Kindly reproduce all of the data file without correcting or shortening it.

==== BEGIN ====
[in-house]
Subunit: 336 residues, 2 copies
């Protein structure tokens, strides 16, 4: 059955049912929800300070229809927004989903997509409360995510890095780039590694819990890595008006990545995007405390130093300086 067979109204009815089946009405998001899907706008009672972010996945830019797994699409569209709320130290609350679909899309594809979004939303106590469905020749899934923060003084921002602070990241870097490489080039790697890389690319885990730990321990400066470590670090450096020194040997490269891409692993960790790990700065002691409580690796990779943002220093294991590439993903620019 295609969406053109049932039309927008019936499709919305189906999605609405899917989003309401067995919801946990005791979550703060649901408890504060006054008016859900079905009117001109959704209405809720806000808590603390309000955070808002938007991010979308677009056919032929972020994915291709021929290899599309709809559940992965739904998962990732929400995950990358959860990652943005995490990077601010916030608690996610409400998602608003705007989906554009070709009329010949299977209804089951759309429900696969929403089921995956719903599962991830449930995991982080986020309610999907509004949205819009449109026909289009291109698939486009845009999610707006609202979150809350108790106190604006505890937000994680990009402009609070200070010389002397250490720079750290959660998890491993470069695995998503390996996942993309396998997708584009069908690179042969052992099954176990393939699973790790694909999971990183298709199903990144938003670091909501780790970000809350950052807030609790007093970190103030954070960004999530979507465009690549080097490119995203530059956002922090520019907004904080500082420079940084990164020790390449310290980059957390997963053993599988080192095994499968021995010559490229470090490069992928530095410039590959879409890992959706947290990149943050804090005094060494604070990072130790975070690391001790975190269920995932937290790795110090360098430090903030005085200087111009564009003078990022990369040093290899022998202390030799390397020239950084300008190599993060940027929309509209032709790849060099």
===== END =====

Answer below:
[in-house]
Subunit: 336 residues, 2 copies
């Protein structure tokens, strides 16, 4: 059955049912929800300070229809927004989903997509409360995510890095780039590694819990890595008006990545995007405390130093300086 067979109204009815089946009405998001899907706008009672972010996945830019797994699409569209709320130290609350679909899309594809979004939303106590469905020749899934923060003084921002602070990241870097490489080039790697890389690319885990730990321990400066470590670090450096020194040997490269891409692993960790790990700065002691409580690796990779943002220093294991590439993903620019 295609969406053109049932039309927008019936499709919305189906999605609405899917989003309401067995919801946990005791979550703060649901408890504060006054008016859900079905009117001109959704209405809720806000808590603390309000955070808002938007991010979308677009056919032929972020994915291709021929290899599309709809559940992965739904998962990732929400995950990358959860990652943005995490990077601010916030608690996610409400998602608003705007989906554009070709009329010949299977209804089951759309429900696969929403089921995956719903599962991830449930995991982080986020309610999907509004949205819009449109026909289009291109698939486009845009999610707006609202979150809350108790106190604006505890937000994680990009402009609070200070010389002397250490720079750290959660998890491993470069695995998503390996996942993309396998997708584009069908690179042969052992099954176990393939699973790790694909999971990183298709199903990144938003670091909501780790970000809350950052807030609790007093970190103030954070960004999530979507465009690549080097490119995203530059956002922090520019907004904080500082420079940084990164020790390449310290980059957390997963053993599988080192095994499968021995010559490229470090490069992928530095410039590959879409890992959706947290990149943050804090005094060494604070990072130790975070690391001790975190269920995932937290790795110090360098430090903030005085200087111009564009003078990022990369040093290899022998202390030799390397020239950084300008190599993060940027929309509209032709790849060099």